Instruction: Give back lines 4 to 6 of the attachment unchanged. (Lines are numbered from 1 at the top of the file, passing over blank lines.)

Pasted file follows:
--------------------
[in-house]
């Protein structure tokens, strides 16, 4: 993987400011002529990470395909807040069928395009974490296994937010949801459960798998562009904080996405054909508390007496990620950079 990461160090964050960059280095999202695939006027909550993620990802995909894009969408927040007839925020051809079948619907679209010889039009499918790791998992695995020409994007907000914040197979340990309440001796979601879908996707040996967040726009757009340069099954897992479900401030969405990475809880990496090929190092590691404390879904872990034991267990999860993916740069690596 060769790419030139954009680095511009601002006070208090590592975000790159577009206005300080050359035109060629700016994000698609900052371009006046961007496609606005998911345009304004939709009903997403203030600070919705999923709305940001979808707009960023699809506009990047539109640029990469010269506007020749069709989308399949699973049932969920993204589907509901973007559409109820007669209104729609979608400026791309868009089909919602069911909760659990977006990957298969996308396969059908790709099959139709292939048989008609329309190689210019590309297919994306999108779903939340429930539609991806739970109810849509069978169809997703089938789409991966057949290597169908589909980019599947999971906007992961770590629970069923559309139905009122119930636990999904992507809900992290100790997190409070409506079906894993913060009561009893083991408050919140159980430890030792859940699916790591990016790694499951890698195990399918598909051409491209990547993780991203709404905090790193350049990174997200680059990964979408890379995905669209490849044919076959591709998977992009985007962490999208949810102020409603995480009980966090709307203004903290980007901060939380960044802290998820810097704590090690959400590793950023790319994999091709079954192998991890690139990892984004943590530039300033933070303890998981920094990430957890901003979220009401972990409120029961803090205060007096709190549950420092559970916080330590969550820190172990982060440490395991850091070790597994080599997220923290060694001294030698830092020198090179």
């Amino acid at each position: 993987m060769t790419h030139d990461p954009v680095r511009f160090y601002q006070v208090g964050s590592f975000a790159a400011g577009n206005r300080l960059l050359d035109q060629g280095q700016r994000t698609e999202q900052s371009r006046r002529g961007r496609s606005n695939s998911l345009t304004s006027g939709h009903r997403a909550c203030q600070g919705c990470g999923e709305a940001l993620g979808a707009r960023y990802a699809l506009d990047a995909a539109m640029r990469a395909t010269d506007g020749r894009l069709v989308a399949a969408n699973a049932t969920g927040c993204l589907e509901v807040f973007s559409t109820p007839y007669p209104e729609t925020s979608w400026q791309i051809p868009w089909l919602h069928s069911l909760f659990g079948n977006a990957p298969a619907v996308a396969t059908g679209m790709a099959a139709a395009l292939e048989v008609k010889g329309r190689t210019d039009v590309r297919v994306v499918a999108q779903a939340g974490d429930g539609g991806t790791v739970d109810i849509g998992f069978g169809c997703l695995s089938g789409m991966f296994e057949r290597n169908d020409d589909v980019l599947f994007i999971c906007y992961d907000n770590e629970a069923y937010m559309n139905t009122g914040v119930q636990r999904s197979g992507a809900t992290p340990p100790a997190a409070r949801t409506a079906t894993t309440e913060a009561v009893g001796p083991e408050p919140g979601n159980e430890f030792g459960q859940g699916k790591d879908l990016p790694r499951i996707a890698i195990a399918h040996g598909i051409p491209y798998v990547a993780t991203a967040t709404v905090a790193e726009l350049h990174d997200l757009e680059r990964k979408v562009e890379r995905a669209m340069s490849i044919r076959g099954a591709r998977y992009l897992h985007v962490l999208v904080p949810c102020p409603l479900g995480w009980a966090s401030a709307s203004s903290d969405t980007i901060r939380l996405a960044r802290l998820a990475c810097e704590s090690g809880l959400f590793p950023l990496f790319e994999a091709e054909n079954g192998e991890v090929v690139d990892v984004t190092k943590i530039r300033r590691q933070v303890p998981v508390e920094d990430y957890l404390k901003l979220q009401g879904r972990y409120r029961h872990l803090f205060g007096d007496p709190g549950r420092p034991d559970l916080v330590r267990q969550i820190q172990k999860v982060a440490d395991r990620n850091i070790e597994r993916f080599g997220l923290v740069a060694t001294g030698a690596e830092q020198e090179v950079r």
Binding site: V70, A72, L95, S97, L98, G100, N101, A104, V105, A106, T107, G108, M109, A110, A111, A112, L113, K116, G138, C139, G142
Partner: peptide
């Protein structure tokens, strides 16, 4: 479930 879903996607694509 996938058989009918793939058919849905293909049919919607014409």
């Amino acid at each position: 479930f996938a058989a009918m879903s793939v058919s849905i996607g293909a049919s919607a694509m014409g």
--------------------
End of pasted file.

Binding site: V70, A72, L95, S97, L98, G100, N101, A104, V105, A106, T107, G108, M109, A110, A111, A112, L113, K116, G138, C139, G142
Partner: peptide
């Protein structure tokens, strides 16, 4: 479930 879903996607694509 996938058989009918793939058919849905293909049919919607014409």